Boards' Response to Shareholders' Dissatisfaction: The Case of Shareholders' Say on Pay in the UK
Posted: 2 Jun 2009 Last revised: 3 May 2015
Date Written: May 3, 2015
In 2002, the United Kingdom adopted a regulation allowing shareholders to cast non-binding (advisory) votes on their firm's Directors' Remuneration Report during annual general meetings (the 'Say-on-Pay' rule). This study evaluates a decade of this regulation and examines how it affected the behavior of shareholders and boards in a sample of FTSE 350 firms during the period 2002-2012. I find evidence that shareholder dissatisfaction increases with excess CEO compensation. This relationship does not exist for the expected level of compensation, suggesting that shareholders take a sophisticated approach when casting their vote. Boards do not appear to respond to shareholder dissatisfaction systematically, however they do respond selectively by reducing the excessiveness of CEO compensation when performance is poor. Boards also seem to respond swiftly to shareholder dissatisfaction. There is evidence that the probability of CEO turnover increases with shareholder dissatisfaction. Overall, the evidence suggests that 'Say-on-Pay' regulation addressed regulatory concerns about transparency, accountability, and performance linkage.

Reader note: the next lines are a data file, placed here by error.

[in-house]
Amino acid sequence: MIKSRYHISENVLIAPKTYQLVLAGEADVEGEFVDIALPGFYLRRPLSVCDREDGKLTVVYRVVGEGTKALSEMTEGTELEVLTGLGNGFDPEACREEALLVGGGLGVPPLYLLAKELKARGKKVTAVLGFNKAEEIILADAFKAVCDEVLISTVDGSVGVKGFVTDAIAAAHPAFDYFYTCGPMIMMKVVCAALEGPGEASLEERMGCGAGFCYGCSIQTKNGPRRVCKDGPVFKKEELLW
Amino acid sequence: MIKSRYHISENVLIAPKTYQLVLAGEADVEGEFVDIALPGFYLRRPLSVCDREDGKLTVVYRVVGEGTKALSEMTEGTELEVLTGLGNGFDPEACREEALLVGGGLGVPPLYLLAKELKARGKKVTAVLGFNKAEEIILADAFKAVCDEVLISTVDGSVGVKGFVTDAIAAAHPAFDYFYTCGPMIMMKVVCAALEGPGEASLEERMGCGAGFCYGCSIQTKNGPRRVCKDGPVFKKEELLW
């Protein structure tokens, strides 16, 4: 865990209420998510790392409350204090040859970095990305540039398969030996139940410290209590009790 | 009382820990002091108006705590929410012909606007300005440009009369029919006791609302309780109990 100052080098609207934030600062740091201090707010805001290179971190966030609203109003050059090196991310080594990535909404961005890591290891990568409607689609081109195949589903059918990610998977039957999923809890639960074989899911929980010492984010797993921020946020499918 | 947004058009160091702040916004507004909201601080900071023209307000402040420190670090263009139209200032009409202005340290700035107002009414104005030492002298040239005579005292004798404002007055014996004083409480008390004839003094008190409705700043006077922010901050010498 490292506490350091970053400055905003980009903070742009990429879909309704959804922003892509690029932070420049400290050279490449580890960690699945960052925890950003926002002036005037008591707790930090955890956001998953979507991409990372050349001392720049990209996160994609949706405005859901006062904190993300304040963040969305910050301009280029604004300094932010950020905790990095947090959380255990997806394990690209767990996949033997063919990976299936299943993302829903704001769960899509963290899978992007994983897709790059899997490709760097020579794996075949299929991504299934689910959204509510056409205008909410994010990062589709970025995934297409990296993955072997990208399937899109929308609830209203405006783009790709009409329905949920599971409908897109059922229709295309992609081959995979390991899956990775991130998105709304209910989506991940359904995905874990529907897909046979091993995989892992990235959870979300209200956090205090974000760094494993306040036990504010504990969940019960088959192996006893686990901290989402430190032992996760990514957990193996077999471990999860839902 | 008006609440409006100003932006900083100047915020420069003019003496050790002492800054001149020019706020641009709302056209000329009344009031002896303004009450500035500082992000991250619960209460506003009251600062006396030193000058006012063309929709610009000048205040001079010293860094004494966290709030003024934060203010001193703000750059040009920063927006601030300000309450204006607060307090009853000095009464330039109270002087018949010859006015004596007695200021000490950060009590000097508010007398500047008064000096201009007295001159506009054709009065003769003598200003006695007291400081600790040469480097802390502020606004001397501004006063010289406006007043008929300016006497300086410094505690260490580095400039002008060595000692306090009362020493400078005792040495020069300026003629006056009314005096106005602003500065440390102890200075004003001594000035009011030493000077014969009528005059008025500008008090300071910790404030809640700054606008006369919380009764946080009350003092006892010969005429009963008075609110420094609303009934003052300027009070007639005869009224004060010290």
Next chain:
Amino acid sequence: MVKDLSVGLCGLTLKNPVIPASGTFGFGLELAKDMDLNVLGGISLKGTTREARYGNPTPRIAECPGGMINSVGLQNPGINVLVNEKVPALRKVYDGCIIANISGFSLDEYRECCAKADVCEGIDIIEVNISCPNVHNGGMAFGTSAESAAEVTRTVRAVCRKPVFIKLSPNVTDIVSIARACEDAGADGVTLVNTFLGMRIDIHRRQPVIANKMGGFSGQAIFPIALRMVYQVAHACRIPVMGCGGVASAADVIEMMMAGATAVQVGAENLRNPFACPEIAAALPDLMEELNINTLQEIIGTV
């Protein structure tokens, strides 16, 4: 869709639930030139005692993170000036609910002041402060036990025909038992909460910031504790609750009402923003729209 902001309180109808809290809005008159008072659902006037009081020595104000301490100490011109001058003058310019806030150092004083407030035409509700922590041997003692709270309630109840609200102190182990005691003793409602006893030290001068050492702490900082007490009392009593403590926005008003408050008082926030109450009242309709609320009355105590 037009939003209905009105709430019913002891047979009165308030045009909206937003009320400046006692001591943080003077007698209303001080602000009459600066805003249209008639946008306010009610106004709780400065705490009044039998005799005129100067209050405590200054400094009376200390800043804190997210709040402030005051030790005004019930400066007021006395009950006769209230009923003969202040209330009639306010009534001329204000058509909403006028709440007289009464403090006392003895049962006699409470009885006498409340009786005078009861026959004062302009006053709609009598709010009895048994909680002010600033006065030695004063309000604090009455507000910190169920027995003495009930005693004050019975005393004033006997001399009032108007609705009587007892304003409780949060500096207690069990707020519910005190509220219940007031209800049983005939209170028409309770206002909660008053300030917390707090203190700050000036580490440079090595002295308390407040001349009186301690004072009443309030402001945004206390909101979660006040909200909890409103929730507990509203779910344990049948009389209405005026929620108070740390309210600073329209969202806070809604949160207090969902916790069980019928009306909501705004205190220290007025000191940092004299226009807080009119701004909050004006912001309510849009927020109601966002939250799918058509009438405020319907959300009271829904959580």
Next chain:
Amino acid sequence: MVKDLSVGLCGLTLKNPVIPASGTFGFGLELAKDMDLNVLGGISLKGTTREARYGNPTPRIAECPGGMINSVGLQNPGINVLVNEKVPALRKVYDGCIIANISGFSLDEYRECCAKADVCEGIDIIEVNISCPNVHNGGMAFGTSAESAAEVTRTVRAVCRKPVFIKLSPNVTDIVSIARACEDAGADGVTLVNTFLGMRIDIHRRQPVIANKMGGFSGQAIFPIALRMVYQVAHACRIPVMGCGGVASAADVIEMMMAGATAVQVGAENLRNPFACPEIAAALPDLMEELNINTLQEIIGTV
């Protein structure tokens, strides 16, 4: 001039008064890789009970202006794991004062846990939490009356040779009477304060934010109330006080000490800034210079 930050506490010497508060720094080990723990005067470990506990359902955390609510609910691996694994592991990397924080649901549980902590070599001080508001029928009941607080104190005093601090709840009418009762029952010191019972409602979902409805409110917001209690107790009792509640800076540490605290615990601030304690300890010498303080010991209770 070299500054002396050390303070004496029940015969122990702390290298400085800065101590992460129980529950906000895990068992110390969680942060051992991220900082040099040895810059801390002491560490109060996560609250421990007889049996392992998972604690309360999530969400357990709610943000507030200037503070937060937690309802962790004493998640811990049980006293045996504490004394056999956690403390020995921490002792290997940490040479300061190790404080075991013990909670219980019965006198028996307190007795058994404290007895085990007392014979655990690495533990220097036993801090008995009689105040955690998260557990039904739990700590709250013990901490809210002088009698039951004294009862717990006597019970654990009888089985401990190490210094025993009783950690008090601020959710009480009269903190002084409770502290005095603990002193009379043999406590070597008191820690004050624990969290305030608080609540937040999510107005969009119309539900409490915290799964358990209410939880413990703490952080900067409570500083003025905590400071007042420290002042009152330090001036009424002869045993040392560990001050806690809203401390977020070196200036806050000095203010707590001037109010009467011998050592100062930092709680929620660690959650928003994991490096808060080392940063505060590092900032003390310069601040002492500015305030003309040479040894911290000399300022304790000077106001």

Keywords: Executive compensation, Say-on-Pay, shareholders' vote, dissatisfaction
JEL Classification: M52, J33, J63, G34, K22
Suggested Citation: Suggested Citation